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Entries in Nokia Siemens (5)


4G contracts: China Mobile throws EU firms a bigger bone 

Huawei and ZTE have once again won the biggest share of a major Chinese telecom tender, despite being undercut by Nokia Siemens.

In what is certain to be the largest telecom tender this year, China Mobile handed out 20 billion yuan ($3.27b) in contracts to build its TD-LTE network in 100 cities.

Nokia Siemens surprised the industry when it was revealed during the tender that it had bid the lowest price - the first time a foreign vendor had done so. Despite that, it won no more business than other foreign players, and much less than the two large local firms.

With what appears to be immaculate stage management, Huawei and ZTE emerged with 26% each of the total tender, while the three foreign vendors, Ericsson, Nokia Siemens and Alcatel Shanghai Bell, were allocated 11% apiece. Small Chinese players Datang, Potevio, New Postcom and Fiberhome picked up the remainder.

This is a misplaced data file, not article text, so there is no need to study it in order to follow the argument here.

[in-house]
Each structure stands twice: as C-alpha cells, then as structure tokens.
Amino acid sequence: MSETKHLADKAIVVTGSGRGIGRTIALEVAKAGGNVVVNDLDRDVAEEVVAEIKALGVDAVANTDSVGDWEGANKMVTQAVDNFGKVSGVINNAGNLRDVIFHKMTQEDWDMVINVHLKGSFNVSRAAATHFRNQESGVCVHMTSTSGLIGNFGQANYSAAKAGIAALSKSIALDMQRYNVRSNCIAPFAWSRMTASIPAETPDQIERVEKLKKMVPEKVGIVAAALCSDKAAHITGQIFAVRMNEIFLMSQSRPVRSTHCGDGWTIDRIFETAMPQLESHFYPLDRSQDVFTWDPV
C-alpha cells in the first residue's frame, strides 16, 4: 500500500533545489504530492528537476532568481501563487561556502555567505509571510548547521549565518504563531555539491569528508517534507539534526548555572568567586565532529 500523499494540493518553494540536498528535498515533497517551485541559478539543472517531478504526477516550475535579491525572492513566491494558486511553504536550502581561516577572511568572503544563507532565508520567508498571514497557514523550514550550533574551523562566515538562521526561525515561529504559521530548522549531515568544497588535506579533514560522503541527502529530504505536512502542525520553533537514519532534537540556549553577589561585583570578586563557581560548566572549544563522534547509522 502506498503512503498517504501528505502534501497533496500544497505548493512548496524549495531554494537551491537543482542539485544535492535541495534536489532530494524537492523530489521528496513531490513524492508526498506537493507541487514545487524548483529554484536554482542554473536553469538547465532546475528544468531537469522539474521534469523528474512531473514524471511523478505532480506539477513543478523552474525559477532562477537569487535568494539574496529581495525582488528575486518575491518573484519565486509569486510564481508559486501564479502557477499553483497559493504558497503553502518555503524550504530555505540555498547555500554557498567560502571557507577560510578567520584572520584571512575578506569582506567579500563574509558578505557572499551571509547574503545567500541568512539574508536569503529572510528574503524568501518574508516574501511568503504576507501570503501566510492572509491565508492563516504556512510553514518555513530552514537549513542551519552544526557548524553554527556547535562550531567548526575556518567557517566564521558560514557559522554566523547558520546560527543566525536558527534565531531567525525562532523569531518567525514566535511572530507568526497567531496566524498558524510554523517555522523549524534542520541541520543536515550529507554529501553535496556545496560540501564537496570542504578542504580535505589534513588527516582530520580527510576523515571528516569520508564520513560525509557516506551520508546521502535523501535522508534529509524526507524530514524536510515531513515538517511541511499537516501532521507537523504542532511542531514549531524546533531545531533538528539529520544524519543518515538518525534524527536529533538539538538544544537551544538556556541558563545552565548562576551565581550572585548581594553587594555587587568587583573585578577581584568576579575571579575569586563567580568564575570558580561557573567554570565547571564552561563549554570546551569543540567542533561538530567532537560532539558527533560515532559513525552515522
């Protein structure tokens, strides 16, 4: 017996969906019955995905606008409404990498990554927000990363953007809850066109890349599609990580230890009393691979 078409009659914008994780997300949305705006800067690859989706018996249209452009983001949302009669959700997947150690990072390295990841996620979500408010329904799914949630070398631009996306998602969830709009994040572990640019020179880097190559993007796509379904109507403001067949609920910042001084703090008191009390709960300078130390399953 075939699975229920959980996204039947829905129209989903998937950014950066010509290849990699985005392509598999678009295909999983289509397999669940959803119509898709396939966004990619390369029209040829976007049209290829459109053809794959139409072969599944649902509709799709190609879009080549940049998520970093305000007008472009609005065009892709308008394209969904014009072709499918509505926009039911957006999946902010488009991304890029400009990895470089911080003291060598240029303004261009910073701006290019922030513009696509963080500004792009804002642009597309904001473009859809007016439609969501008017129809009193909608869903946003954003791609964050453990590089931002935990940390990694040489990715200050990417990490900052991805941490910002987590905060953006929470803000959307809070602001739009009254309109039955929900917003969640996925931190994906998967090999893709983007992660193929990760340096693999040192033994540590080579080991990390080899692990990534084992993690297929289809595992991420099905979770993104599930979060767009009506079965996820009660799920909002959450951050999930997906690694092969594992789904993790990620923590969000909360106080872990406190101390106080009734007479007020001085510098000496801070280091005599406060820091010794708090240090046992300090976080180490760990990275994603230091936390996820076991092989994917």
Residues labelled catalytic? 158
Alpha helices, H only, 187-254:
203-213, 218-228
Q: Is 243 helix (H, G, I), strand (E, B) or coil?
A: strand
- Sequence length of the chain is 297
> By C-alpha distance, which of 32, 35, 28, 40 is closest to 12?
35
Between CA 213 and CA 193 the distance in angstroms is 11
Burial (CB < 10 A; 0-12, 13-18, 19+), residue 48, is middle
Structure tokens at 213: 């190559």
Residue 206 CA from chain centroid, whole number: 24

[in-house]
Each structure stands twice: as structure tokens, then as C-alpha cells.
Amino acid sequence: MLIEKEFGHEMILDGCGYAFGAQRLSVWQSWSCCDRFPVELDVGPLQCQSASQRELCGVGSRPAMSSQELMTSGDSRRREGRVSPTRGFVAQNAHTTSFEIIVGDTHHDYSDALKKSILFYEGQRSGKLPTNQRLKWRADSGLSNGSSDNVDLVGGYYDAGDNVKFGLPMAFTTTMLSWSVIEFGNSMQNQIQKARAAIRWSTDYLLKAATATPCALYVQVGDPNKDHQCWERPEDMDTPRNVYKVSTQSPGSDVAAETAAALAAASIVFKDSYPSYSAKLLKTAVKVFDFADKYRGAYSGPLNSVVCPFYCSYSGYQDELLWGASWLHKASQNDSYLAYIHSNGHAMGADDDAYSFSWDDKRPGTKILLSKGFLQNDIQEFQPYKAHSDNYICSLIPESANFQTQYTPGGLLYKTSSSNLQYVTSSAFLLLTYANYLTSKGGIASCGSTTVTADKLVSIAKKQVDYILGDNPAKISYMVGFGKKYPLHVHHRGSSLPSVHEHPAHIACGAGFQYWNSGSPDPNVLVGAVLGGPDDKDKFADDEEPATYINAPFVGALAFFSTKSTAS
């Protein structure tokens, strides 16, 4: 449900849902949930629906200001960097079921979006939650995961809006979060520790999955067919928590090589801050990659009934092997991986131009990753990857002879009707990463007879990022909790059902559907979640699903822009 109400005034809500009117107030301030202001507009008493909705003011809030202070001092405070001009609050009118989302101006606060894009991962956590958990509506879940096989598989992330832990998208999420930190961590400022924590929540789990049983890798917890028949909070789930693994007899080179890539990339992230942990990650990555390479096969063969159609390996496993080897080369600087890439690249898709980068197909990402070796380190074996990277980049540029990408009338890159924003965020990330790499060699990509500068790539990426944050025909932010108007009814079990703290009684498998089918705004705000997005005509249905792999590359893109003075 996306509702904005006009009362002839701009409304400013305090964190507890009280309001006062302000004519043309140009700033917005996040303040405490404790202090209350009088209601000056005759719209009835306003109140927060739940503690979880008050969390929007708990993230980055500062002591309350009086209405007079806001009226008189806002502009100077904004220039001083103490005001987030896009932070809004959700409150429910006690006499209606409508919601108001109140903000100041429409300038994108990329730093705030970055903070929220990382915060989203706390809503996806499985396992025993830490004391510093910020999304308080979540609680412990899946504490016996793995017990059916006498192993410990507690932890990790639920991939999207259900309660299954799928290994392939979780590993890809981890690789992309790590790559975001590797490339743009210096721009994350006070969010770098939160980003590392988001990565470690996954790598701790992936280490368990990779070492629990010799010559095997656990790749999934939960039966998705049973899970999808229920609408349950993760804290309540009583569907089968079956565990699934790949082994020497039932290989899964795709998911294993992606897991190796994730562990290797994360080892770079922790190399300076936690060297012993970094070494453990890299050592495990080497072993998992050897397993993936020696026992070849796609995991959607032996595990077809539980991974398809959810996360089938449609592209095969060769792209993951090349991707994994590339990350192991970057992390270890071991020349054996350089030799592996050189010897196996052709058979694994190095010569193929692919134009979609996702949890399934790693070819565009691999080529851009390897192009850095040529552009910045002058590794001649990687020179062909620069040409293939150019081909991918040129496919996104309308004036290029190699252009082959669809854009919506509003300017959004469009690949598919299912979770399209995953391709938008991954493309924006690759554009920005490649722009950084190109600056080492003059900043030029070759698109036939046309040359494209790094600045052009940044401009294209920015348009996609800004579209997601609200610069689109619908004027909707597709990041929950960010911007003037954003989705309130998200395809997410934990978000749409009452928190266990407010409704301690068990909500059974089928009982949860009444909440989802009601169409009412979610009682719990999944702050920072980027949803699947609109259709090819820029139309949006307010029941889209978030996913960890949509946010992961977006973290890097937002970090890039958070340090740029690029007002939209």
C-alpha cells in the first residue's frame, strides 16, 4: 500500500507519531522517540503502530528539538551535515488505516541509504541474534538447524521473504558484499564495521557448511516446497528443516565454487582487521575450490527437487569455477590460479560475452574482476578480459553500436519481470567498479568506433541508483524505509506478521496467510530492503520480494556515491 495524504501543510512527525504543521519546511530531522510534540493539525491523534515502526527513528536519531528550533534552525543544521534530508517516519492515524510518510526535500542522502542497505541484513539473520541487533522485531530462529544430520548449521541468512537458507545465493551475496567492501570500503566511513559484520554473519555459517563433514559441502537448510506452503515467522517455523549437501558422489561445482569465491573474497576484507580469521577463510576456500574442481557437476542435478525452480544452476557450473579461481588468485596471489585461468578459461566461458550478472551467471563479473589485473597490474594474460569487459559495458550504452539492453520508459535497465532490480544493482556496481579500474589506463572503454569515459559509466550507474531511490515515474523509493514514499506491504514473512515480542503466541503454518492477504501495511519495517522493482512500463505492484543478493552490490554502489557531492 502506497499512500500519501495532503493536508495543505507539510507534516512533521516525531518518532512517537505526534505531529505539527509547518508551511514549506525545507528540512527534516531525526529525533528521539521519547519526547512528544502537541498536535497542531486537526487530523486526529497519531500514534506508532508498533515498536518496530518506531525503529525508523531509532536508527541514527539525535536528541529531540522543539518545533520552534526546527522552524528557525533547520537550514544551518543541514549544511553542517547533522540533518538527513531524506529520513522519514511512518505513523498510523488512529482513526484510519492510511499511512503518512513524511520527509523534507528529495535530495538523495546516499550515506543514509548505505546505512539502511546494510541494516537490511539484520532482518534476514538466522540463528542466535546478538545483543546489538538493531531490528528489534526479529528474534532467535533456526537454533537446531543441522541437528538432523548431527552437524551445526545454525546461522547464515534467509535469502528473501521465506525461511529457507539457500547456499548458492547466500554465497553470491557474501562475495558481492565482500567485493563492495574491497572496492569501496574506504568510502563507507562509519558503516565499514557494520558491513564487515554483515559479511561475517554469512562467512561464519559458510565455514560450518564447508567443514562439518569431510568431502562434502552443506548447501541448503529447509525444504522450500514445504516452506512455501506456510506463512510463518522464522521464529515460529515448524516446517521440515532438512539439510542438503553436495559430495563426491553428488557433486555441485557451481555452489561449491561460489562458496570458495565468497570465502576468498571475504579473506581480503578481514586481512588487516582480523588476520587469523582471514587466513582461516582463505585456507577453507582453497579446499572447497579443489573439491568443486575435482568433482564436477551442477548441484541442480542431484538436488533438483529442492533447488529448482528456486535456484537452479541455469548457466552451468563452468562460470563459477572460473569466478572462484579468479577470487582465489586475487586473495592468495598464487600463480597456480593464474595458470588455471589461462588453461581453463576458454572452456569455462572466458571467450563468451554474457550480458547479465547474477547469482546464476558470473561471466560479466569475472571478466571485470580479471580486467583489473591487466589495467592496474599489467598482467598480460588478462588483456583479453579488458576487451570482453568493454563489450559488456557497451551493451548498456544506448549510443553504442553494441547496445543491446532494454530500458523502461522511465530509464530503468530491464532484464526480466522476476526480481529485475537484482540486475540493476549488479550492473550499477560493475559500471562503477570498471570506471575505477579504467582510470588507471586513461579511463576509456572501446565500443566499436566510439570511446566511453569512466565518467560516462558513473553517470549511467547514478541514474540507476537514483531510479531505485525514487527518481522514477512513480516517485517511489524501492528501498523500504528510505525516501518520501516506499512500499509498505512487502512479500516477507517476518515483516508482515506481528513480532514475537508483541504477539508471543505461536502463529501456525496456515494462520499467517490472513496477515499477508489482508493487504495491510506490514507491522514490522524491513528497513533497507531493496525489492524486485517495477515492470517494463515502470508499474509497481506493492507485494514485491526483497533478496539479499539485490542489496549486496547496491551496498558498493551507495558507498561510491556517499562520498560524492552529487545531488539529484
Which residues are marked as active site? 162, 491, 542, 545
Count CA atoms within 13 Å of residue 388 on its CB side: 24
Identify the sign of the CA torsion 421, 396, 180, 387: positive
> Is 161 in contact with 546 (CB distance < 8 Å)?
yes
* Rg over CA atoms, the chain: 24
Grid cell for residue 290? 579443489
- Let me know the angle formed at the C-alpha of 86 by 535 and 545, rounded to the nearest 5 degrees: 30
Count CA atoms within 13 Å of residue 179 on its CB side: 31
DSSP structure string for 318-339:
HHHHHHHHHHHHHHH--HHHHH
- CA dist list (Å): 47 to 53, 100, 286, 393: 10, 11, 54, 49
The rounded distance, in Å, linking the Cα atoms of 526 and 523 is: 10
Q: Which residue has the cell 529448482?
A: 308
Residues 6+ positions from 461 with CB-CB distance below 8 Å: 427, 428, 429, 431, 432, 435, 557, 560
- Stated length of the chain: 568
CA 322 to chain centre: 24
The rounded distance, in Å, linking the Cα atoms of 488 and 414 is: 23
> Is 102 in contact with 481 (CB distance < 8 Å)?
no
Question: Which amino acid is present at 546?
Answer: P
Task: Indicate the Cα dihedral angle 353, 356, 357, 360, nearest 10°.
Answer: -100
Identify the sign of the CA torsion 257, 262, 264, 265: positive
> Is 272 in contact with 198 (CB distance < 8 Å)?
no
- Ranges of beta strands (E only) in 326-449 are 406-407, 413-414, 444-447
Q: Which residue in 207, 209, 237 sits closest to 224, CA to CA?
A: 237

Chinese telecom news site C114 noted that the 67% share won by local firms was down slightly from their 70% share of China Mobile's trial network last year.

The market share number is more than academic. EU Trade Commissioner Karel De Gucht has warned he would push ahead with his subsidies case against Huawei and ZTE if European firms did not win a fair share of Chinese domestic contracts.

Chinese firms have a 25% share of the EU market, according to CICC telecom analyst Chen Haofei. The 33% of these contracts that have gone to European firms are probably enough to stave off De Gucht's attentions.

As well as the size - 207,000 base stations - this contract is strategically important as the first large-scale tender for the China Mobile's 4G network. The major winners are best-placed to pick up follow-up contracts as the network expands over the next decade or so.